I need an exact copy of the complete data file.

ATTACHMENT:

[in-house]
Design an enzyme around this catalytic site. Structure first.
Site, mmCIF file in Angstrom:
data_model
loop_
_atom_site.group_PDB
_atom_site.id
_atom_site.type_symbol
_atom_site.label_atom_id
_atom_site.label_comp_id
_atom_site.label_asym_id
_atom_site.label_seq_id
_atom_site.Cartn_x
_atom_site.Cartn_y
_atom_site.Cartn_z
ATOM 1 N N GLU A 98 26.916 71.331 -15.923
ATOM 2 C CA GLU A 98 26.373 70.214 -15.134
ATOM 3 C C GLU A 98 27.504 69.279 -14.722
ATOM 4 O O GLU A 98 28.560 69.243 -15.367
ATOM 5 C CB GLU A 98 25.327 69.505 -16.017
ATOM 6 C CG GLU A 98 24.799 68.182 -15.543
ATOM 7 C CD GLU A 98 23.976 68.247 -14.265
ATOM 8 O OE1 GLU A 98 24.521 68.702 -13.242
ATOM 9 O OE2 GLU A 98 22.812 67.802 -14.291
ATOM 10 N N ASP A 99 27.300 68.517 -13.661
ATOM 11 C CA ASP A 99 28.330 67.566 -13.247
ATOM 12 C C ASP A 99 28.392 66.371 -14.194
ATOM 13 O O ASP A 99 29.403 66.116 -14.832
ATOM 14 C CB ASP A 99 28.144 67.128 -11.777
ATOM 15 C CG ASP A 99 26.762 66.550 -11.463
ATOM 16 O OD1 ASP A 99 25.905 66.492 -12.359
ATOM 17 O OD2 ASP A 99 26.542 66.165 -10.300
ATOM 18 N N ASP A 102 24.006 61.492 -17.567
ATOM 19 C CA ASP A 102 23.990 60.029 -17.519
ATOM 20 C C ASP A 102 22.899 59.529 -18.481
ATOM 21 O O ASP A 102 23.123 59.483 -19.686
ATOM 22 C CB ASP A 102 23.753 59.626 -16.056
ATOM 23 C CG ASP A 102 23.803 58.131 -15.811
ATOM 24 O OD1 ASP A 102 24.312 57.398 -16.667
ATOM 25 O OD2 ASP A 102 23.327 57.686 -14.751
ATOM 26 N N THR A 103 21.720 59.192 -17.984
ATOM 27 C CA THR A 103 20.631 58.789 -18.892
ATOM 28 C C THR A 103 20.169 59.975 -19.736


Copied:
[in-house]
Design an enzyme around this catalytic site. Structure first.
Site, mmCIF file in Angstrom:
data_model
loop_
_atom_site.group_PDB
_atom_site.id
_atom_site.type_symbol
_atom_site.label_atom_id
_atom_site.label_comp_id
_atom_site.label_asym_id
_atom_site.label_seq_id
_atom_site.Cartn_x
_atom_site.Cartn_y
_atom_site.Cartn_z
ATOM 1 N N GLU A 98 26.916 71.331 -15.923
ATOM 2 C CA GLU A 98 26.373 70.214 -15.134
ATOM 3 C C GLU A 98 27.504 69.279 -14.722
ATOM 4 O O GLU A 98 28.560 69.243 -15.367
ATOM 5 C CB GLU A 98 25.327 69.505 -16.017
ATOM 6 C CG GLU A 98 24.799 68.182 -15.543
ATOM 7 C CD GLU A 98 23.976 68.247 -14.265
ATOM 8 O OE1 GLU A 98 24.521 68.702 -13.242
ATOM 9 O OE2 GLU A 98 22.812 67.802 -14.291
ATOM 10 N N ASP A 99 27.300 68.517 -13.661
ATOM 11 C CA ASP A 99 28.330 67.566 -13.247
ATOM 12 C C ASP A 99 28.392 66.371 -14.194
ATOM 13 O O ASP A 99 29.403 66.116 -14.832
ATOM 14 C CB ASP A 99 28.144 67.128 -11.777
ATOM 15 C CG ASP A 99 26.762 66.550 -11.463
ATOM 16 O OD1 ASP A 99 25.905 66.492 -12.359
ATOM 17 O OD2 ASP A 99 26.542 66.165 -10.300
ATOM 18 N N ASP A 102 24.006 61.492 -17.567
ATOM 19 C CA ASP A 102 23.990 60.029 -17.519
ATOM 20 C C ASP A 102 22.899 59.529 -18.481
ATOM 21 O O ASP A 102 23.123 59.483 -19.686
ATOM 22 C CB ASP A 102 23.753 59.626 -16.056
ATOM 23 C CG ASP A 102 23.803 58.131 -15.811
ATOM 24 O OD1 ASP A 102 24.312 57.398 -16.667
ATOM 25 O OD2 ASP A 102 23.327 57.686 -14.751
ATOM 26 N N THR A 103 21.720 59.192 -17.984
ATOM 27 C CA THR A 103 20.631 58.789 -18.892
ATOM 28 C C THR A 103 20.169 59.975 -19.736